Recent weeks have seen significant backlash and protest against the Chadian government’s austerity policies.
One way to understand the backlash would be to go sector by sector: we are seeing strikes and protests by students, clerks, civil servants, magistrates, health care workers, and others. The basic grievance is unpaid salaries and/or loss of bonuses and stipends. The sum of such discontent may be greater than its parts: if enough sectors go on strike, the consequences for the machinery of government, the economy, and daily life could be severe. A sign of severe trouble may be the delays in salary payments to soldiers and even to members of the presidential guard.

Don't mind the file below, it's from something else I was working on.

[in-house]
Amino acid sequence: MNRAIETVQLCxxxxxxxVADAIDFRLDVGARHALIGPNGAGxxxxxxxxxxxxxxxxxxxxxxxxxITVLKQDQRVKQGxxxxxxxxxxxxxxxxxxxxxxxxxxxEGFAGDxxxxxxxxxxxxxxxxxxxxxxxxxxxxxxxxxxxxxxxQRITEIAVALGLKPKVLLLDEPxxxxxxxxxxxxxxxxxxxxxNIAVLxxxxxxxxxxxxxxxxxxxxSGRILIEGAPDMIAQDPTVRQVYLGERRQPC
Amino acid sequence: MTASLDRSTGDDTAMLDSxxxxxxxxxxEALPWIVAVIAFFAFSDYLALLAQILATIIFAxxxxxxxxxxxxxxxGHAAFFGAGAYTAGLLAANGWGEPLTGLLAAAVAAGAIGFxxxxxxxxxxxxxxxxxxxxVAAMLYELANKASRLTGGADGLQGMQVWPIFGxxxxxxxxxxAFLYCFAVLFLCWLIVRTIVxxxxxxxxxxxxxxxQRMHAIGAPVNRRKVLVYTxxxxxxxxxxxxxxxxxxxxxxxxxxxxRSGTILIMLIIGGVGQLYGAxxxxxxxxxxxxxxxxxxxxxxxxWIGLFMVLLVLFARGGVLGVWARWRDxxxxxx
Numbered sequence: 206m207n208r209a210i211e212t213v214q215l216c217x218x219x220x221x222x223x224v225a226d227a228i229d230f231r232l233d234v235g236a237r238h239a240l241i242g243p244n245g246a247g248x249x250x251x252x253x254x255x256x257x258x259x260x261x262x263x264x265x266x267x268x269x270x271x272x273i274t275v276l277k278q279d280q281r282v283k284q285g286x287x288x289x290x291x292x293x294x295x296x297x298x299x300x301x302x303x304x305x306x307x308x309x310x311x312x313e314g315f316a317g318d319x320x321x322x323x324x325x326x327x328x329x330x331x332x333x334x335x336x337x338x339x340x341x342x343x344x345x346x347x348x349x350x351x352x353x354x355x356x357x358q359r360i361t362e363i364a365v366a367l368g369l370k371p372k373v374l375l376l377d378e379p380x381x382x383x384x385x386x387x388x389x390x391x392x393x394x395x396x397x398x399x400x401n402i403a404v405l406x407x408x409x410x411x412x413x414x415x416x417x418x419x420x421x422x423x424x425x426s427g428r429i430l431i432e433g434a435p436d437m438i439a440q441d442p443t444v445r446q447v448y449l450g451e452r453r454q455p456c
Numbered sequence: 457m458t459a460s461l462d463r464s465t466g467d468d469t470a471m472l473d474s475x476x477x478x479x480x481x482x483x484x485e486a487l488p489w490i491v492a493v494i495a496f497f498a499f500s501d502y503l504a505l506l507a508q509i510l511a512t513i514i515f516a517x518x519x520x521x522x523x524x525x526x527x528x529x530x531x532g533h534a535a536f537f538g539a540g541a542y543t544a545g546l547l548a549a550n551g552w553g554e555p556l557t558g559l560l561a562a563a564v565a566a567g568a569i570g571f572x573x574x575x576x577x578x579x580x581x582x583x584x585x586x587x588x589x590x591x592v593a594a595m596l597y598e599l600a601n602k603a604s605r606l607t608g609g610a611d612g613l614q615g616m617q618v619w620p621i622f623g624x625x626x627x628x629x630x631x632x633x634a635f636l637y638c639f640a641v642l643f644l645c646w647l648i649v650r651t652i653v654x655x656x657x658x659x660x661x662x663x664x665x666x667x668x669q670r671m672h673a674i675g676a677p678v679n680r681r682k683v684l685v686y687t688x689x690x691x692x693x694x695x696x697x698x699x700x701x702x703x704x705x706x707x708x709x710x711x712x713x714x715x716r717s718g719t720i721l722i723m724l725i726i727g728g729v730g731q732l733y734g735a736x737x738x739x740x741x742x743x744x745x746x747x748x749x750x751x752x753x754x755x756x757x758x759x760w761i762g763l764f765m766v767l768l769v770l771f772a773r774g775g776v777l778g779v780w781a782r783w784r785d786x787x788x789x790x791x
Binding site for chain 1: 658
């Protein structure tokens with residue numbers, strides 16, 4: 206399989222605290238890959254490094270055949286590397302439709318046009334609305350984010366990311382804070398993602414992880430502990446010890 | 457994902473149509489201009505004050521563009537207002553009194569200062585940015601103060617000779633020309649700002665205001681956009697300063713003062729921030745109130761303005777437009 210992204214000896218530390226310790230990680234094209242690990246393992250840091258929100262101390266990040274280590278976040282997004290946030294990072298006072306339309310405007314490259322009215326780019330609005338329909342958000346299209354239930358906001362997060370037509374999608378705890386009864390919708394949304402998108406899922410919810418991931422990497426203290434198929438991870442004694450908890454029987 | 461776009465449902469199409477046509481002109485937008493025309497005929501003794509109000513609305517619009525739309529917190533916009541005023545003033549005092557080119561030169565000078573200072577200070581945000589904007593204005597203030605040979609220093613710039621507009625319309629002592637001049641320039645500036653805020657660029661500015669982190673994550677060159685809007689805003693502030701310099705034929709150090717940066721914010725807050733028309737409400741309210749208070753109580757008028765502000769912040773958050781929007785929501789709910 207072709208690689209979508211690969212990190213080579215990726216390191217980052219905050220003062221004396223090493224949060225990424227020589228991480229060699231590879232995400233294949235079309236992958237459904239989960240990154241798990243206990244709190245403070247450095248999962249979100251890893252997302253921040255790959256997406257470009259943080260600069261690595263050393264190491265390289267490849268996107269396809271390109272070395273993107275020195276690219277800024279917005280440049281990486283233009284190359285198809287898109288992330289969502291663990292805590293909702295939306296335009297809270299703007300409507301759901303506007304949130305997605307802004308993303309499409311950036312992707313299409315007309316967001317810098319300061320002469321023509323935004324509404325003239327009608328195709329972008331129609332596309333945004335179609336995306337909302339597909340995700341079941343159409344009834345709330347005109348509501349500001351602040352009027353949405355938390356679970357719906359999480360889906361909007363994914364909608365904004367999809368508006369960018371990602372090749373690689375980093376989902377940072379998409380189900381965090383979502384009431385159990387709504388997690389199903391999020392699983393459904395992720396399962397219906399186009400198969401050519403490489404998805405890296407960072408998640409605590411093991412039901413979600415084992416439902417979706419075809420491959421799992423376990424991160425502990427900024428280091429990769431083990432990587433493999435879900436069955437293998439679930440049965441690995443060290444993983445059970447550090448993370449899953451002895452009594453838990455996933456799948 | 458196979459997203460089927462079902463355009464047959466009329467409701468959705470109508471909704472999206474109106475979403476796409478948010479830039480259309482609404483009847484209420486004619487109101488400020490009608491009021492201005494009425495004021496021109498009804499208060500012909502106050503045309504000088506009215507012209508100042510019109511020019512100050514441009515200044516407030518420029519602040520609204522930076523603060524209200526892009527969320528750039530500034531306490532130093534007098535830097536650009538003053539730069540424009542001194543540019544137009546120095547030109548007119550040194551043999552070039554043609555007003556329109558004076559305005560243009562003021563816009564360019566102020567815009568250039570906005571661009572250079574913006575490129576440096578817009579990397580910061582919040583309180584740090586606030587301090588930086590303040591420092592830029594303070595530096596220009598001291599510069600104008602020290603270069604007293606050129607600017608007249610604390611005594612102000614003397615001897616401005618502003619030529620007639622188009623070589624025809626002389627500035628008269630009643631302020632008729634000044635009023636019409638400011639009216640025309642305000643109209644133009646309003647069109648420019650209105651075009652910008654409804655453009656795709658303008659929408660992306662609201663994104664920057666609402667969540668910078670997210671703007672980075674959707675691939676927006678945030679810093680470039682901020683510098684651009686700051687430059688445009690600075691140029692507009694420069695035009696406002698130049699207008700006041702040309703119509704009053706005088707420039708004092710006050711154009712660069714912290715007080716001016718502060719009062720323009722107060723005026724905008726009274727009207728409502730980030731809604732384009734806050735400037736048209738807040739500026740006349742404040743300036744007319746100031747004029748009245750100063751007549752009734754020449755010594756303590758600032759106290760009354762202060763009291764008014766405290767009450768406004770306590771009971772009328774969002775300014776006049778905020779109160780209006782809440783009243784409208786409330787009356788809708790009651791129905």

Another way to understand the backlash would be to focus on its politics. The government of Chad would like Chadians to understand the austerity measures as a result of external shocks, especially the global drop in oil prices. The opposition (or at least part of it) would like the population to understand the economic crisis as a result of the government’s policies, and especially in terms of the government’s management of oil revenues and its military spending, including military expeditions outside Chad. Amid the struggle to determine perceptions of the crisis and to allocate blame, one key arena is the National Assembly, where roughly twenty opposition deputies have backed a motion to censure Prime Minister Pahimi Padacké Albert over the government’s handling of the economic situation. From what I can tell now, the motion has been held up, and the opposition has involved the Constitutional Council to try to force the transmission of the motion to the government itself. I doubt that the motion will pass, but it is a symbol of some of the discontent in the country.